Evidence for modern human presence in the northern and central highlands of Indochina, that constitute the territories of the modern Laotian nation-state dates back to the Lower Paleolithic. These earliest human migrants are Australo-Melanesians - associated with the Hoabinhian culture and have populated the highlands and the interior, less accessible regions of Laos and all of South-east Asia to this day. The subsequent Austroasiatic and Austronesian marine migration waves affected landlocked Laos only marginally and direct Chinese and Indian cultural contact had a greater impact on the country.
The modern nation-state Laos emerged from the French Colonial Empire as an independent country in 1953. Laos exists in truncated form from the thirteenth century Lao kingdom of Lan Xang. Lan Xang existed as a unified kingdom from 1357 to 1707, divided into the three rival kingdoms of Luang Prabang, Vientiane, and Champasak from 1707 to 1779, fell to Siamese suzerainty from 1779 to 1893, and was reunified under the French Protectorate of Laos in 1893. The borders of the modern state of Laos were established by the French colonial government in the late 19th and early 20th centuries.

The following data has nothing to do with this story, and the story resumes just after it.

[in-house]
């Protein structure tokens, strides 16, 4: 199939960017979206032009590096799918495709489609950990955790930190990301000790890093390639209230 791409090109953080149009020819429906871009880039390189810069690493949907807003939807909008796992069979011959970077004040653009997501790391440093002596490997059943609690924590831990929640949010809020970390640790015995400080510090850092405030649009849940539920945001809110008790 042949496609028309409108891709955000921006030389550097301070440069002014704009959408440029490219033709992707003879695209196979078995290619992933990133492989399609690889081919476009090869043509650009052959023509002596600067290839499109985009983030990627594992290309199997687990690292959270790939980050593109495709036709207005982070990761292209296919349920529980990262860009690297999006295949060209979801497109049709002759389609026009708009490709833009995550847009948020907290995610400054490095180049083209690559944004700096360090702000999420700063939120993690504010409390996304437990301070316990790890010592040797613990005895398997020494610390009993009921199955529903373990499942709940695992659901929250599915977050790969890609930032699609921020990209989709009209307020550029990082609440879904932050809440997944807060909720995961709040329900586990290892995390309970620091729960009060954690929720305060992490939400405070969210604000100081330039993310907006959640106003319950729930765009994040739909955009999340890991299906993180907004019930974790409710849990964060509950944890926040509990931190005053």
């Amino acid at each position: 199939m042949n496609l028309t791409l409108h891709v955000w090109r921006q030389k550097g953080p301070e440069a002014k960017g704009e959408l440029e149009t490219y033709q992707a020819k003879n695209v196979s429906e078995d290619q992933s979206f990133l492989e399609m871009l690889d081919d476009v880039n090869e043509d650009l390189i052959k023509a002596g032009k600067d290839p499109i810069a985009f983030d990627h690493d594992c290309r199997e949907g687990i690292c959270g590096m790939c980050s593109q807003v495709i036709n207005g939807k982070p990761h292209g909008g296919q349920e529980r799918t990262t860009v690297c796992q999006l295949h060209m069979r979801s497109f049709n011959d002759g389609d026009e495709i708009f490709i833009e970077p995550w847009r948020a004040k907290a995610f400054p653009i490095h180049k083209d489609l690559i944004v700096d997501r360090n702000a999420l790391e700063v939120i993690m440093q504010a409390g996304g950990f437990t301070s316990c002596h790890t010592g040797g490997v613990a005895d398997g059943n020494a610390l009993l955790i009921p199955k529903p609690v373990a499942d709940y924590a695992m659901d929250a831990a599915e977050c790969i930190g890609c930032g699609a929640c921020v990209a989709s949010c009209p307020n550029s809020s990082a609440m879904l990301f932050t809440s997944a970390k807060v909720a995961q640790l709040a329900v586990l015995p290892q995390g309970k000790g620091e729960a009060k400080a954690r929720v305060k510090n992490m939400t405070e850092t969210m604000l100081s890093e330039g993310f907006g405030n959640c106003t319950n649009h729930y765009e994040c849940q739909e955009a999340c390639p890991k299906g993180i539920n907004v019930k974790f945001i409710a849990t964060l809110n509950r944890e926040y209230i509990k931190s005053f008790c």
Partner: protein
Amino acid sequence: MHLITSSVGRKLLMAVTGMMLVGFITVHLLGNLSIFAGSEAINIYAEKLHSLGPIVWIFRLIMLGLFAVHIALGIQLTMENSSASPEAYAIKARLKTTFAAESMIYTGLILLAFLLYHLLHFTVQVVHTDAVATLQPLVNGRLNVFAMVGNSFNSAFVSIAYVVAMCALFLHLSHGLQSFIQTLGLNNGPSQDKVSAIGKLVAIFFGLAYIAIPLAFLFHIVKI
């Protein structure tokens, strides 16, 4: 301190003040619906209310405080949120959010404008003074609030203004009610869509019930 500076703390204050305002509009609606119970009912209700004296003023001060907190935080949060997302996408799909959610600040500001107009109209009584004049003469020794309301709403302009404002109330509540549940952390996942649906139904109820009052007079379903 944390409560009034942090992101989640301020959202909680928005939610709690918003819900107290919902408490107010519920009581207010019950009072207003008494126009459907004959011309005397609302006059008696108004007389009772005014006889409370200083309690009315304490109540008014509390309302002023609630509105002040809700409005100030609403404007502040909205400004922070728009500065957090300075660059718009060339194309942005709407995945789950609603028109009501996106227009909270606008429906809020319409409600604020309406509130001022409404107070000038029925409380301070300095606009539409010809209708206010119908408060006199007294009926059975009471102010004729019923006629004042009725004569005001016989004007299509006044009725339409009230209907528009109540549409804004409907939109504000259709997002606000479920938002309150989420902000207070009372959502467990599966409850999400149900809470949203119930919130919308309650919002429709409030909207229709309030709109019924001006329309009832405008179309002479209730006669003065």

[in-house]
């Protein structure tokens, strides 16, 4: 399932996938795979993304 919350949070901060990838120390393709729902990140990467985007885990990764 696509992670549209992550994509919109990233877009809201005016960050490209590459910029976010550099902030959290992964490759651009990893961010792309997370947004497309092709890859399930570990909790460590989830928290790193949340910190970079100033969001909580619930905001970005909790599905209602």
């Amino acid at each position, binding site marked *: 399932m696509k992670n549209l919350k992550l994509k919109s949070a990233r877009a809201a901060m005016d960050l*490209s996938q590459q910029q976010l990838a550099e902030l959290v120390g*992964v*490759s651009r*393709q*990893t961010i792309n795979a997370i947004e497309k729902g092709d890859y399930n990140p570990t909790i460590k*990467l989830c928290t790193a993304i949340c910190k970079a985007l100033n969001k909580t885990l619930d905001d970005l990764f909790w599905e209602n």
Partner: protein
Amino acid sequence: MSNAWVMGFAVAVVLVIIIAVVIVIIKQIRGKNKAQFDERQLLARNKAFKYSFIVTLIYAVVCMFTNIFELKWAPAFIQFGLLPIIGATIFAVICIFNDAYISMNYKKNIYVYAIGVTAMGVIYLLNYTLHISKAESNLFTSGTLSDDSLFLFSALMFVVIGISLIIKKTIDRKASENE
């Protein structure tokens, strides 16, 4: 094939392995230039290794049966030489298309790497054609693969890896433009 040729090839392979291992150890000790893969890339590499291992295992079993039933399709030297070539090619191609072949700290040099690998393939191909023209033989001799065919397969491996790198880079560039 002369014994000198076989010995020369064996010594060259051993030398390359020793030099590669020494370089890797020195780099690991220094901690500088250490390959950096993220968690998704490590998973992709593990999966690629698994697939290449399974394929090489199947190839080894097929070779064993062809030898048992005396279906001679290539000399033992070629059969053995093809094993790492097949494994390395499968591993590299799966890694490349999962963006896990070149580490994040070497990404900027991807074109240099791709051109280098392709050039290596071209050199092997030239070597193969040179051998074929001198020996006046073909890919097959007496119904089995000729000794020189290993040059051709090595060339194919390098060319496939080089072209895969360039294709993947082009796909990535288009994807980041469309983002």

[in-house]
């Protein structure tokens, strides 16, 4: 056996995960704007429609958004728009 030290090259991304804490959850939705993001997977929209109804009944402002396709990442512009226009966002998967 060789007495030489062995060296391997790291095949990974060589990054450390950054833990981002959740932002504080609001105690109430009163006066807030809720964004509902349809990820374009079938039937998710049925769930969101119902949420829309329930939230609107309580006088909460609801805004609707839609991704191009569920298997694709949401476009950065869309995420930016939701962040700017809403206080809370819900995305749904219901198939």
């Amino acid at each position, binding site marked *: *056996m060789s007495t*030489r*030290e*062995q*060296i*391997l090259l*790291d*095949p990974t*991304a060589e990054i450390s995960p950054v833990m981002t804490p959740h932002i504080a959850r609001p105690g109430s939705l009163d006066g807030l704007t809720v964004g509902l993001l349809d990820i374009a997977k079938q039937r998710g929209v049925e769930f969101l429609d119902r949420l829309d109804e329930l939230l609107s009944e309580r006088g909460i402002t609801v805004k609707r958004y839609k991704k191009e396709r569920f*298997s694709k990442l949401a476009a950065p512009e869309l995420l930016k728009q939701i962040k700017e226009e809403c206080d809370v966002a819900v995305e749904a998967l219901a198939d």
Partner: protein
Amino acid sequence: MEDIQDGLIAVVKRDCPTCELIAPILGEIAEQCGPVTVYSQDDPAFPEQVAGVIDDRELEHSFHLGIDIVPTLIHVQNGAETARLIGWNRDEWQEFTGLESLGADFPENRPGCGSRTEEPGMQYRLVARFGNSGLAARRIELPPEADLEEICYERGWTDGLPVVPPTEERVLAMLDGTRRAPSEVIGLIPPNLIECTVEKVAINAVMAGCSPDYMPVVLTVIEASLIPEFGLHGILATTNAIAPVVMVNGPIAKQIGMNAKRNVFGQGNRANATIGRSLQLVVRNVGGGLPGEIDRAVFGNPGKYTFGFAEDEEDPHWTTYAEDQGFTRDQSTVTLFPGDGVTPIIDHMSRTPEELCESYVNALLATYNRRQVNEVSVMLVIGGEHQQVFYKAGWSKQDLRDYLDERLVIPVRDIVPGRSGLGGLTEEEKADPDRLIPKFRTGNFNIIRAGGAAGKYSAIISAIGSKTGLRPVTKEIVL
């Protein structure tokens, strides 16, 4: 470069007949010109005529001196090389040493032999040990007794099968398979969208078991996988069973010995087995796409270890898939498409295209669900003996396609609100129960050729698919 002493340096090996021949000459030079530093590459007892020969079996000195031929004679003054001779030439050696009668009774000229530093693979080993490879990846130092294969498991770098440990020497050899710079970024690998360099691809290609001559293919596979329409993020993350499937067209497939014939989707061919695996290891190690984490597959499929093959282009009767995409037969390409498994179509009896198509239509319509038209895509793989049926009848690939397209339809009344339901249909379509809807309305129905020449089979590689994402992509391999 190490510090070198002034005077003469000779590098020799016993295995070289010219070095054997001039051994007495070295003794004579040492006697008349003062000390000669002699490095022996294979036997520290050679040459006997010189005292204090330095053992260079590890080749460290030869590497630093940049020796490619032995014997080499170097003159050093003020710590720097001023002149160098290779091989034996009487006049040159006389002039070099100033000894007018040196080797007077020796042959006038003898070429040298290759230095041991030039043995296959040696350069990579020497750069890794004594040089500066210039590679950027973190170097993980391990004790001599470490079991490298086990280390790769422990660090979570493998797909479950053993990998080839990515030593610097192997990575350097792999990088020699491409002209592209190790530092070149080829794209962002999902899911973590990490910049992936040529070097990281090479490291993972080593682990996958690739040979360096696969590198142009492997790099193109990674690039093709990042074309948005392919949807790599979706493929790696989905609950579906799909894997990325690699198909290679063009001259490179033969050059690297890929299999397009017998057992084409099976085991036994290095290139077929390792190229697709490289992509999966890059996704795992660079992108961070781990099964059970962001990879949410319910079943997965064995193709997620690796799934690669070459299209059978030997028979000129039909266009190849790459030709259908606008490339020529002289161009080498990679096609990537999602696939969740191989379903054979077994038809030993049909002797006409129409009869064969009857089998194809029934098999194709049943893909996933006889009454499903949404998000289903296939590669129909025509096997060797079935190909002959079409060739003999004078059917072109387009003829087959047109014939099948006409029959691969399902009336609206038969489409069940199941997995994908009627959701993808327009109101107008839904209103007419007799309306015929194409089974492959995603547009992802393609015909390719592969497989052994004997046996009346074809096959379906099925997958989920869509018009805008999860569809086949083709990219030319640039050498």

Lao, sometimes referred to as Laotian is a Kra–Dai language of the Lao people. It is spoken in Laos, where it is the official language, as well as northeast Thailand, where it is usually referred to as Isan. Lao serves as a lingua franca among the citizens of Laos, who also speak approximately 90 other languages, many of which are unrelated to Lao.
Although there is no official standard, the Vientiane dialect became the de facto standard language in the second half of the 20th century.
Laos today has cultural influence from France, Thailand, China, Vietnam, Burma and Cambodia. The history of Laos is unique with a national character defined by its diversity in both culture and customs.